AT&T reported this morning that DIRECTV, AT&T TV and U-verse combined for a net loss of 617,000 subscribers in the 2020 fourth quarter. The company’s live streaming service, AT&T TV Now, lost a net of 27,000 subscribers. (AT&T this month merged AT&T TV Now with AT&T TV.)
The company blamed the losses on “competition (and) lower gross adds from the continued focus on adding higher value customers and a programming dispute, partially offset by lower churn.” AT&T’s TV services in December were engaged in a three-week long blackout of Tegna-owned local stations due to a carriage dispute.
Despite the explanation, the losses continue a long streak of massive quarterly TV losses for AT&T. The company reported in October a net loss of 627,000 video subscribers in the third quarter. In last year’s fourth quarter, DIRECTV and U-verse combined for 945,000 defections.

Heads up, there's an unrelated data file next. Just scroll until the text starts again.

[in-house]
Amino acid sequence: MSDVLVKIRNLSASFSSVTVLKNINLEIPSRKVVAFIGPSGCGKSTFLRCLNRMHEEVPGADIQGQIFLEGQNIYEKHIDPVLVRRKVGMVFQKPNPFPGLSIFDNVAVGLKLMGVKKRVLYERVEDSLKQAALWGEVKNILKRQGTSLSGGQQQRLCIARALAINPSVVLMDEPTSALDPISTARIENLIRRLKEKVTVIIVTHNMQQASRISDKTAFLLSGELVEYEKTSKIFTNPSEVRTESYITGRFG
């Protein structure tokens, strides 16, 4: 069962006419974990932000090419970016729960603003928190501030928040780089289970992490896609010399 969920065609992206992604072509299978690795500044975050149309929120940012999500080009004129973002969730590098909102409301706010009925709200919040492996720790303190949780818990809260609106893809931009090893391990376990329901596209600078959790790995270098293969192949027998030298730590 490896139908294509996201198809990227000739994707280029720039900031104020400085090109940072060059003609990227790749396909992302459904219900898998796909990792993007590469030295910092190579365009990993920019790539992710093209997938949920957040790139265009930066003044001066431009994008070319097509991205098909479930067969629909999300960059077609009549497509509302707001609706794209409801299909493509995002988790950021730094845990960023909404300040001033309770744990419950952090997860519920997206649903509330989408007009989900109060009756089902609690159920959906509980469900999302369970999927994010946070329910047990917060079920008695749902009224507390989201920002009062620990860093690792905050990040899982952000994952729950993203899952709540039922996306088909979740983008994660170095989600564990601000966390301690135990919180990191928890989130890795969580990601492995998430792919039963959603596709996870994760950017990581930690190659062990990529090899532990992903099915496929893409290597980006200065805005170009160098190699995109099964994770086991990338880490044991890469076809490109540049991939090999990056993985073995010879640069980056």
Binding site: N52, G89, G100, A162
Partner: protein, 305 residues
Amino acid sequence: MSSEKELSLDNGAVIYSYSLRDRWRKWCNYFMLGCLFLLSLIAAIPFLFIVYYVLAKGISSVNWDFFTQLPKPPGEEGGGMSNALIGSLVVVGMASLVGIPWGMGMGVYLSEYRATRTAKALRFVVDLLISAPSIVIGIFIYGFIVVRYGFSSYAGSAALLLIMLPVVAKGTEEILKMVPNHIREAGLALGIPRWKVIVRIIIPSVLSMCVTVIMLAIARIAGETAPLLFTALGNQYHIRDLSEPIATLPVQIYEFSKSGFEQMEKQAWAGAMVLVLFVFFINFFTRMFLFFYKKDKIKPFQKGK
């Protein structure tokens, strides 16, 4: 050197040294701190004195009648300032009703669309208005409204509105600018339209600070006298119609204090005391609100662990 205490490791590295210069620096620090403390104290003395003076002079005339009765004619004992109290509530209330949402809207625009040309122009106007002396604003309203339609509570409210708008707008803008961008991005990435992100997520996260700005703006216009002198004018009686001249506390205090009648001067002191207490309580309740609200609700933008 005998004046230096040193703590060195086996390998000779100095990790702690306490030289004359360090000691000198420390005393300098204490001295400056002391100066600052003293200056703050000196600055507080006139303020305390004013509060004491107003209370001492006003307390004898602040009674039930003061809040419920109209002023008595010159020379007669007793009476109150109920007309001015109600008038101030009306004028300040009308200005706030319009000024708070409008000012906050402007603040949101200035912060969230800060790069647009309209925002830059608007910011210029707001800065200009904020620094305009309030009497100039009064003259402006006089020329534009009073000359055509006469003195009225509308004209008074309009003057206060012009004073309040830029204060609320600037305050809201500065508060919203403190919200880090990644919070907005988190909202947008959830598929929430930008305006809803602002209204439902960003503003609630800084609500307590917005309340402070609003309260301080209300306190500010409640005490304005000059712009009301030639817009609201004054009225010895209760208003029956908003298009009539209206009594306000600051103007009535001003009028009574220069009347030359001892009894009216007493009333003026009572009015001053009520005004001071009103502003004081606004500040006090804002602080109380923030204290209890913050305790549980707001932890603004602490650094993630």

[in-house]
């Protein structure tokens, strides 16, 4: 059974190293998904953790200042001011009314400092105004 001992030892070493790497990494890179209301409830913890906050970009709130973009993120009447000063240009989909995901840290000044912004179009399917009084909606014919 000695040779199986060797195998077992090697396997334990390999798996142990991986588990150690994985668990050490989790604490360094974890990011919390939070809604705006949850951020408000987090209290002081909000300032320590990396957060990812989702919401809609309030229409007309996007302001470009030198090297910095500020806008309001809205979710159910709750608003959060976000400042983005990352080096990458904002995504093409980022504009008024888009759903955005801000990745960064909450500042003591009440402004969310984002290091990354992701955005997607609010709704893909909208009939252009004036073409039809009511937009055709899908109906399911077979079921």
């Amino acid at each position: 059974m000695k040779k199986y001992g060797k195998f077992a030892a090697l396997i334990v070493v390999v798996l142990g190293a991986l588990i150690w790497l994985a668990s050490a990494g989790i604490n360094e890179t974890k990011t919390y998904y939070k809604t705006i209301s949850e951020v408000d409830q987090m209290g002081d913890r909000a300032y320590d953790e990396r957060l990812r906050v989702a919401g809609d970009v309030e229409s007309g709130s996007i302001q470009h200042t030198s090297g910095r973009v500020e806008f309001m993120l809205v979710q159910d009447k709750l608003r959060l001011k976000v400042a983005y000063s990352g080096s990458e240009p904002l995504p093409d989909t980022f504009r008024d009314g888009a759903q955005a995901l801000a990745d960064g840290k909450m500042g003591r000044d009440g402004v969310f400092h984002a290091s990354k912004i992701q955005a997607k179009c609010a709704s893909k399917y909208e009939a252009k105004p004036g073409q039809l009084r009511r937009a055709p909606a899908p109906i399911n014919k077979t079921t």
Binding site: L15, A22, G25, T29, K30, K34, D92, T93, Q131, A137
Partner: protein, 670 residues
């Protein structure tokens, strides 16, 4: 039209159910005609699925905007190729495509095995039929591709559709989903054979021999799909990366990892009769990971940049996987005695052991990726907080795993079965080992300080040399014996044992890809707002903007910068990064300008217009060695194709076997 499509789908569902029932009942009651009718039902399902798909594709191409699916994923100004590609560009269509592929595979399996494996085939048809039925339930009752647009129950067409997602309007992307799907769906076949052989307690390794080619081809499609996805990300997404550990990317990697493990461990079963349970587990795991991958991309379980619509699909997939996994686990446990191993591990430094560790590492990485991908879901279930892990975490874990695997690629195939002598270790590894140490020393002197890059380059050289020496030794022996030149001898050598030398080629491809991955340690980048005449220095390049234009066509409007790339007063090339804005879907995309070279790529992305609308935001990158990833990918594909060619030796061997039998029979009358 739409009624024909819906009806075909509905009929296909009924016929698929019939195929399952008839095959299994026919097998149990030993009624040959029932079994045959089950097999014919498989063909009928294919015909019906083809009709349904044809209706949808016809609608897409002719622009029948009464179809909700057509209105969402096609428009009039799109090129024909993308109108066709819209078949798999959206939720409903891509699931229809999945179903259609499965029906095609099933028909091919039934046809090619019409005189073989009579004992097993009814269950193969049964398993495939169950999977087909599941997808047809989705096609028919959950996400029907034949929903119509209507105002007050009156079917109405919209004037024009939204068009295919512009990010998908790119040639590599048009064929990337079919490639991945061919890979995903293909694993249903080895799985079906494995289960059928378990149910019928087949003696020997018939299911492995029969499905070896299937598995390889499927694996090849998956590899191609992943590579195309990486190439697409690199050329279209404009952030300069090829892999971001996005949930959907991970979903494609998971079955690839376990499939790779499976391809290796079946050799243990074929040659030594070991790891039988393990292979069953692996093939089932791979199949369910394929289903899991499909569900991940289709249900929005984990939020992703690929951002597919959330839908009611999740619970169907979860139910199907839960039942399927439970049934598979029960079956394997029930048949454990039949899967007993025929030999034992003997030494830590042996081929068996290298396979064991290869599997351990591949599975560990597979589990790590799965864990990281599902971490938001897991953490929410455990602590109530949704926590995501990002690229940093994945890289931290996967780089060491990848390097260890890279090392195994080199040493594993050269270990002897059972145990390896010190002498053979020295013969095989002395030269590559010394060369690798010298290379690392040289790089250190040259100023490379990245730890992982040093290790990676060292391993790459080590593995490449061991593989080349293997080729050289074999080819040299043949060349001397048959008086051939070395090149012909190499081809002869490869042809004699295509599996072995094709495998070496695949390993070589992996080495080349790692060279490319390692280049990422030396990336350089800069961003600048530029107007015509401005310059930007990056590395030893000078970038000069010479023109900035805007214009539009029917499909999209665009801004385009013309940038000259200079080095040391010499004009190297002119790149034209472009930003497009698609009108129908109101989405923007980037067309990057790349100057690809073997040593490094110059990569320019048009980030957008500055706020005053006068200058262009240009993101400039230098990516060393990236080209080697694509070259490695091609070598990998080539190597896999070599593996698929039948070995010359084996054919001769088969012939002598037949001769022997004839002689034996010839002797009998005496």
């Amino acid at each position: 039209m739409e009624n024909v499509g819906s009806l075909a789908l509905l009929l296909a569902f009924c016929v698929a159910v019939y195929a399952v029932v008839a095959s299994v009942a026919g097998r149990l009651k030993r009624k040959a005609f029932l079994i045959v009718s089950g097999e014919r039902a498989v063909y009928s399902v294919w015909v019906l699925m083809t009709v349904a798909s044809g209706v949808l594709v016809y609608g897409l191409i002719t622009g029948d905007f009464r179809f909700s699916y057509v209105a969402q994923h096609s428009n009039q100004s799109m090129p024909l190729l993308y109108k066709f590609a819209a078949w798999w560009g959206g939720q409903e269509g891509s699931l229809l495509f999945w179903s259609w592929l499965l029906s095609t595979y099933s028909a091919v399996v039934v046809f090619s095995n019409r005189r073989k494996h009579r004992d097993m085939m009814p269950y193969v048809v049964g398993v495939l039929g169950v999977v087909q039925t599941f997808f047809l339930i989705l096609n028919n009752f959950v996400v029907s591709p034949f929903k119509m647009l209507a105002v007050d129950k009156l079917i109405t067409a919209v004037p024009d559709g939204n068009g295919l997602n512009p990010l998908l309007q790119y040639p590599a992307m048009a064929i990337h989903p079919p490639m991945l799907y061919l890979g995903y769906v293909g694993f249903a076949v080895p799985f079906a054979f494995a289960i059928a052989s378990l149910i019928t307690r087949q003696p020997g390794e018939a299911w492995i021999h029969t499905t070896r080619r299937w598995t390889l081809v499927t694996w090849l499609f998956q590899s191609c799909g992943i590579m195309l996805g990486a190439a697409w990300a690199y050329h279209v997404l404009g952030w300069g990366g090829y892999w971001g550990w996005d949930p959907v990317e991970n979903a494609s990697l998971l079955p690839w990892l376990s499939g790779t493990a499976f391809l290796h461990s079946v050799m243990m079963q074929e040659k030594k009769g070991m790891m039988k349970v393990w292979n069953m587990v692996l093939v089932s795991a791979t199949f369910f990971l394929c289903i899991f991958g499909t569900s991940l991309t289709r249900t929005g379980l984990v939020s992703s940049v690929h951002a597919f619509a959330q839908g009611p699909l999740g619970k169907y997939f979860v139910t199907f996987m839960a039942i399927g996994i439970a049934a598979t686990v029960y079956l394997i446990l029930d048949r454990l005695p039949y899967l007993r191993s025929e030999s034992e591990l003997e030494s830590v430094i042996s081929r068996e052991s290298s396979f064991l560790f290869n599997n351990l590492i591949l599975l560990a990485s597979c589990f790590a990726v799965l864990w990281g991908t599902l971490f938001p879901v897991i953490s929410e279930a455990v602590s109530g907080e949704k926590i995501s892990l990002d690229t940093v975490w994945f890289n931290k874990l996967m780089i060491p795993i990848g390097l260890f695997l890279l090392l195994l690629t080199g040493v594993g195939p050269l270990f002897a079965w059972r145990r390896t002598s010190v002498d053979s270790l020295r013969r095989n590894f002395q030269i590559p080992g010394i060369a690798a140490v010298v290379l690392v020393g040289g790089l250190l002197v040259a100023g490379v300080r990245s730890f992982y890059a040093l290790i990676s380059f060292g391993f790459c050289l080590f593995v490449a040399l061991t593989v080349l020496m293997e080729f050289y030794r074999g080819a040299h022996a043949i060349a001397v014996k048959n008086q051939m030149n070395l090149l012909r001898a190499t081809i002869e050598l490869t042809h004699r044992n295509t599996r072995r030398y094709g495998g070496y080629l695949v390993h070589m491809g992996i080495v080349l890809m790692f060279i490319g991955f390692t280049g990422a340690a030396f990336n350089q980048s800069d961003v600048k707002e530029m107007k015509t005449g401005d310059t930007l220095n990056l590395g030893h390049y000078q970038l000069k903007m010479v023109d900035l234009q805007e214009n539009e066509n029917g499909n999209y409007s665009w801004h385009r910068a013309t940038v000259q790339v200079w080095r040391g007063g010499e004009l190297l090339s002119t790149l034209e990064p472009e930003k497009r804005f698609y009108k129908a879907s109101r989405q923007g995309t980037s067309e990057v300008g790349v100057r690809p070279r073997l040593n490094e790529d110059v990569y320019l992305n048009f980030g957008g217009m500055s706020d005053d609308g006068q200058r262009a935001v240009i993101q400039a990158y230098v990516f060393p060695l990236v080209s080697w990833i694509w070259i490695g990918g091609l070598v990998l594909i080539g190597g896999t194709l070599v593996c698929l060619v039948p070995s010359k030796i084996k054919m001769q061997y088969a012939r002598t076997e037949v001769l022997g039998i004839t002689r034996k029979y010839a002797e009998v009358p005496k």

In the last year, DIRECTV, AT&T TV and U-verse have combined for roughly three million subscriber losses while AT&T TV Now lost 268,000 customers. AT&T’s TV services had a combined 17.2 million subscribers at the end of the fourth quarter.
That means that AT&T has lost approximately nine million video subscribers since it purchased DIRECTV in 2015. The satellite service had 20.2 million subscribers at the end of the second quarter five years ago. U-verse, which was owned by AT&T prior to the company’s July 2015 purchase of DIRECTV, had 5.97 million at the same point.
The sub decline is one reason why AT&T is reportedly seeking to sell a minority or majority stake in DIRECTV, and probably U-verse. Reuters and Bloomberg reported last week that the company is now engaged in exclusive talks with TPG, an equity firm based in San Francisco and Fort Worth, Texas. It’s unclear if TPG would assume operational control over DIRECTV and U-verse if the sale is completed.
Have a question about new TV technologies? Send it to The TV Answer Man at firstname.lastname@example.org. Please include your first name and hometown in your message.
— Phillip Swann